Named after the famous explorer, Perito Moreno extends over 250 square kilometres - larger than the size of Buenos Aires - and is still growing. It slides a meter and a half from its center and 40 centimeters to its sides every day, making it one of the only three growing glaciers in the world.
As huge as it looks on the surface, beneath the water there is more of it. What we see is literally the tip of the iceberg. I was mind-blown finding out that it isn’t actually floating! From the gasps of the other trekkers, I wasn’t the only ignorant person there.
You put on your crampons, or rather have the guides put on for you, and make your way to the start of the glacier like a little duck waddling on land. Crampons are trekking devices with spikes attached to your shoes to allow you to walk on ice and snow. They are heavy, hence the unnatural movements and the restrictions. I felt like a new-born calf entering the world and making its first steps, limbs comically failing about.
As we made our first steps on the glacier, I felt a sense of excitement and wonder. It is so surreal to be standing on such a natural wonder. Even with a still injured knee, I was thankful for the chance and have the health to be able to do this incredible activity.
The first part of the glacier is dirty. Almost black. Sediments and human contact contaminated it. But as we got higher, the glacier became cleaner. Vibrant shades of blue from streams, crevasses and gullies sparkle under the brilliant sun. The less oxygen in the ice, the bluer it gets.
The ice surface is irregular, but firm and safe. Trekking guides stand at both ends, offering their steady hands at trickier spots while picking the ice path on the fly. Due to the ever growing and evolving landscape, erosion and human influence, the guides are forced to modify the trek periodically. No two treks are exactly the same.
Walking with crampons means going downhill with toes pointing forward, not sideward, unlike normal trekking. The spikes dig into the ice so getting your feet stuck at an angle while your body leans forward would sprain your ankles easily. Also, you wear gloves not to protect from the cold, but from the sharp and ragged ice.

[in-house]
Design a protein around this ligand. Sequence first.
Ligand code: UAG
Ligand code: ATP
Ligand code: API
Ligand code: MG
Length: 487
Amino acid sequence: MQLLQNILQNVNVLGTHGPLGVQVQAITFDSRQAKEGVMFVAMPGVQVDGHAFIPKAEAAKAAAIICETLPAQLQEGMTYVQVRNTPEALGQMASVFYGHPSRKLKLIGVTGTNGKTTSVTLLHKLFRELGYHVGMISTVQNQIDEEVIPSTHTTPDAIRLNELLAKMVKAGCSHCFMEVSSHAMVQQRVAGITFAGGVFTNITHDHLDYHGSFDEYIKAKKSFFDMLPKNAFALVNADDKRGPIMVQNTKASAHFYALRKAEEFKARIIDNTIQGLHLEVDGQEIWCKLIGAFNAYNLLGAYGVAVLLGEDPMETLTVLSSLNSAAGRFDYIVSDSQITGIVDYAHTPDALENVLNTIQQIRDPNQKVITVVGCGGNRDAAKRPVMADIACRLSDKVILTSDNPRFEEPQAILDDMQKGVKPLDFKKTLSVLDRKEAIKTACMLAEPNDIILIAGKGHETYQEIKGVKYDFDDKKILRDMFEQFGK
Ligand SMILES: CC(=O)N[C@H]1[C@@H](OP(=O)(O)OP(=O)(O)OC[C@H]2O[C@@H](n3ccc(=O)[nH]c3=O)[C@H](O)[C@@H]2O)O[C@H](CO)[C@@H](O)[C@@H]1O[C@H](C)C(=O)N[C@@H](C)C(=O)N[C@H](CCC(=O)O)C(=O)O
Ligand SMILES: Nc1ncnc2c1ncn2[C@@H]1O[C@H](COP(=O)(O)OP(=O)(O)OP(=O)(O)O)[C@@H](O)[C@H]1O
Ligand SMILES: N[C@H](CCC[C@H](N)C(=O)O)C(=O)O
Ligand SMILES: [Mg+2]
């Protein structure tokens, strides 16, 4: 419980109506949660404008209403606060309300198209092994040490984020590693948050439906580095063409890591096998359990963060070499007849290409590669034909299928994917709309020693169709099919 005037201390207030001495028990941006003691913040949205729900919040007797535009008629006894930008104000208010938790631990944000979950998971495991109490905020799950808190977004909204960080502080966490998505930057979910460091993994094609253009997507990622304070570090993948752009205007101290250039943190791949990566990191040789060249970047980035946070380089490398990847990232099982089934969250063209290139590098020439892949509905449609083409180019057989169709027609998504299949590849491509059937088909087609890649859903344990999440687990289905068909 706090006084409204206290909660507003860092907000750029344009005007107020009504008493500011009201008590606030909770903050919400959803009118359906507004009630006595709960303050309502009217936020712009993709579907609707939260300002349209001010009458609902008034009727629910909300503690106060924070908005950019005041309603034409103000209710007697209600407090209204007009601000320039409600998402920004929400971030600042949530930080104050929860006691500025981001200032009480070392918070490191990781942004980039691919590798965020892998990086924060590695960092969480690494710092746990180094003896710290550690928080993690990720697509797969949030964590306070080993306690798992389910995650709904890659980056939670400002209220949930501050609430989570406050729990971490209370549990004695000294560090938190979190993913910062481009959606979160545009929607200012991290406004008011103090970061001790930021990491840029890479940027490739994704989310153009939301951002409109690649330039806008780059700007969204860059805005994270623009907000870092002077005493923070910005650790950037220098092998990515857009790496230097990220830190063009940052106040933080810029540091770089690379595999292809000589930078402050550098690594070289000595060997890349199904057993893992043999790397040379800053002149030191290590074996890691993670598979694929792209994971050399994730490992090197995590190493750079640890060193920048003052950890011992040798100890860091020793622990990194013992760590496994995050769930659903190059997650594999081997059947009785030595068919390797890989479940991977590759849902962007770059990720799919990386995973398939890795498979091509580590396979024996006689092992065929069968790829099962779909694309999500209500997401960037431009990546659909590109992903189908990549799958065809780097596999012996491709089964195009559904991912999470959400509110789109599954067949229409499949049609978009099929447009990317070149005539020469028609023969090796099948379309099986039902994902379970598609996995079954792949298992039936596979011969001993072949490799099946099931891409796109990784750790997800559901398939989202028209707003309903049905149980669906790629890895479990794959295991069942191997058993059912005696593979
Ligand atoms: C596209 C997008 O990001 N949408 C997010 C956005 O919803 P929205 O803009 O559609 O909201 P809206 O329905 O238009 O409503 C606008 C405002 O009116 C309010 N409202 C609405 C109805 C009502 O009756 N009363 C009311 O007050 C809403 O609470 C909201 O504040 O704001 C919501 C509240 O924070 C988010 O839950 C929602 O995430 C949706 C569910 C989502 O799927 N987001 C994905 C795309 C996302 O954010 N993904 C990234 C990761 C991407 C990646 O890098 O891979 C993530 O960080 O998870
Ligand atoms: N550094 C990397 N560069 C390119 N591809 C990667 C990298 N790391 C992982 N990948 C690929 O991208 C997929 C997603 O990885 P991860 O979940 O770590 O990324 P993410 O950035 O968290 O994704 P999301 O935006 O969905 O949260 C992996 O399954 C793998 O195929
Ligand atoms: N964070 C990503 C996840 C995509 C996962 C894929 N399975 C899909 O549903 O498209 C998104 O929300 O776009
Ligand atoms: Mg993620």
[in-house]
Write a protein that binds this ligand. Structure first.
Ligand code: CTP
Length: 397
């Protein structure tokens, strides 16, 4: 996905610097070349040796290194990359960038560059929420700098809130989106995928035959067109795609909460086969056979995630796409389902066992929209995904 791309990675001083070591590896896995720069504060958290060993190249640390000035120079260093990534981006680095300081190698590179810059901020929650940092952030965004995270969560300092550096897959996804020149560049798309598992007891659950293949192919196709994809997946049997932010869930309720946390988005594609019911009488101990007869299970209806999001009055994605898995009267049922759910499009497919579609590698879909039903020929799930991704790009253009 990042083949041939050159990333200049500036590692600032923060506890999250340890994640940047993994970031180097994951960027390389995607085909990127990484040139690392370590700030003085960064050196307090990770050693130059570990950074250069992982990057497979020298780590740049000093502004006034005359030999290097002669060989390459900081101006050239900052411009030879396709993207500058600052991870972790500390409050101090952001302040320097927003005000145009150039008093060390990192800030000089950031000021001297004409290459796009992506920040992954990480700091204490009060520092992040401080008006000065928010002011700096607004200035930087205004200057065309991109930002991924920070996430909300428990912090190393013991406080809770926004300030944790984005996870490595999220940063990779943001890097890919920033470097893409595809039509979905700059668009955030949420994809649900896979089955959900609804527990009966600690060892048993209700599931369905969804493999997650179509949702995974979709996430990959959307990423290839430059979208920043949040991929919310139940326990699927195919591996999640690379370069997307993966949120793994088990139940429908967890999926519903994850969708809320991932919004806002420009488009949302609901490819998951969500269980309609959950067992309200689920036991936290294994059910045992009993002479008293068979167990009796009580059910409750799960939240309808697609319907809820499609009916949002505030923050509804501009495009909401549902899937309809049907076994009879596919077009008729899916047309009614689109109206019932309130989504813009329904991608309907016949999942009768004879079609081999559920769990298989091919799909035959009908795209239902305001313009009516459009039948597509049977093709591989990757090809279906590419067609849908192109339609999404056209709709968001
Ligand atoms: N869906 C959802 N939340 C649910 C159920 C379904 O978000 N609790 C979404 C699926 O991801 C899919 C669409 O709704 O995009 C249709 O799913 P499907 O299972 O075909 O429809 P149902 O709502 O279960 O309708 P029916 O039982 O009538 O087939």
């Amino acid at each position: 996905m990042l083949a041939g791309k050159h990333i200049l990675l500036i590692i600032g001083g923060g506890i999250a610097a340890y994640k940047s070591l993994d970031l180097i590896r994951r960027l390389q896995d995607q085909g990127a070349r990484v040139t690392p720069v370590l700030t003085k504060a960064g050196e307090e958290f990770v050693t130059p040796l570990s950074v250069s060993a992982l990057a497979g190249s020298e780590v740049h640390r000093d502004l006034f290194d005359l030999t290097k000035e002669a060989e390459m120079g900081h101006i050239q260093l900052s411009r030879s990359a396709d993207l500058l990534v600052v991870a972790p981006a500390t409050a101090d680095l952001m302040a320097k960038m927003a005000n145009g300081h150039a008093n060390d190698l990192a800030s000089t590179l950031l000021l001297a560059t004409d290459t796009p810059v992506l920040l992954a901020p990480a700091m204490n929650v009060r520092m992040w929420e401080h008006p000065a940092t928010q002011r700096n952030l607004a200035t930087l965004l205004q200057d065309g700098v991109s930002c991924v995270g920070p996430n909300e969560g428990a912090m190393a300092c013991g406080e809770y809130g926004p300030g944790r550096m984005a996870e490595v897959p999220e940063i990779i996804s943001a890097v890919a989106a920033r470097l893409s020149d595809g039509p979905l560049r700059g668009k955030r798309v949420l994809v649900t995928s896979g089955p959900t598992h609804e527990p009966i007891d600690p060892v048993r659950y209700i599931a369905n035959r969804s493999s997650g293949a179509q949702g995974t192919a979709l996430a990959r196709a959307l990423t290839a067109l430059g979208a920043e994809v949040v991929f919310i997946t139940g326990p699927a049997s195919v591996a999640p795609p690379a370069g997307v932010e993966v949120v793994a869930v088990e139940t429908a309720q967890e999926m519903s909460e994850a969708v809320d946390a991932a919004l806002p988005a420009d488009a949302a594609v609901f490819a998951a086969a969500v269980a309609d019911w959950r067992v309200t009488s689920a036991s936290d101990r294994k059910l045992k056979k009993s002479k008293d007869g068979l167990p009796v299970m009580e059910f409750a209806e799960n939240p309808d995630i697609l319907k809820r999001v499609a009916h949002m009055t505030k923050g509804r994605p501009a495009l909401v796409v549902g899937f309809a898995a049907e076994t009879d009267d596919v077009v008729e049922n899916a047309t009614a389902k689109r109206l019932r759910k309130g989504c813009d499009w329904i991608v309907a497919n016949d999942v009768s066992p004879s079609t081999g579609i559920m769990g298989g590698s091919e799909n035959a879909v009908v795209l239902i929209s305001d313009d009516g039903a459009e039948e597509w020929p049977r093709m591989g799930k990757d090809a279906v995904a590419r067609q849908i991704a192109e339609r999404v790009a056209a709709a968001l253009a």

If only I was such an attentive student in school.
At certain point throughout the trek, you get to drink directly from the small ponds and that is as pure a water as you can get! At the end of the roughly 1.5 hour trek, you celebrate with chocolate and whiskey, with 350-year-old ice dug directly from the glacier. Now, that’s redefining whiskey on the rocks!
After a not-included-lunch at the refugio, you make your way to the classic viewpoint of Perito Moreno. The wooden walkways stretch from one end of the glacier to the other end, providing a different perspective of the glacier in its entirety. This is where you see the view of the glacier found on postcards and Instagram.
If I were to be honest, I would say it isn’t worth the exorbitant price. I believe there are cheaper options for glacier trekking elsewhere. But if you travelled 14 000 km, from a city without any natural wonders, is your first time seeing a glacier, and if you want to do it, then yes, do it with the most well-known glacier. It’s worth the experience and a photo to show for it.
It really is as majestic as it looks in photos. I leaned against the wooden fences, stared at the glacier and thought of how fortunate I am. As luck would have it, I heard the thunderous breaking of the glacier, similar to the sound of an aircraft taking off, and witnessed blocks of ice falling into the water. It was a magical blue afternoon.
Schilling Hostel Patagonico has the best breakfast I had in my travels. Bread, a variety of jams, cakes, eggs, coffee, tea... plus, it has a good location, just 5 min to the main street. The guy that worked that speaks excellent English and is super friendly. I even extended my stay by another 2 days!
And now, it's your turn.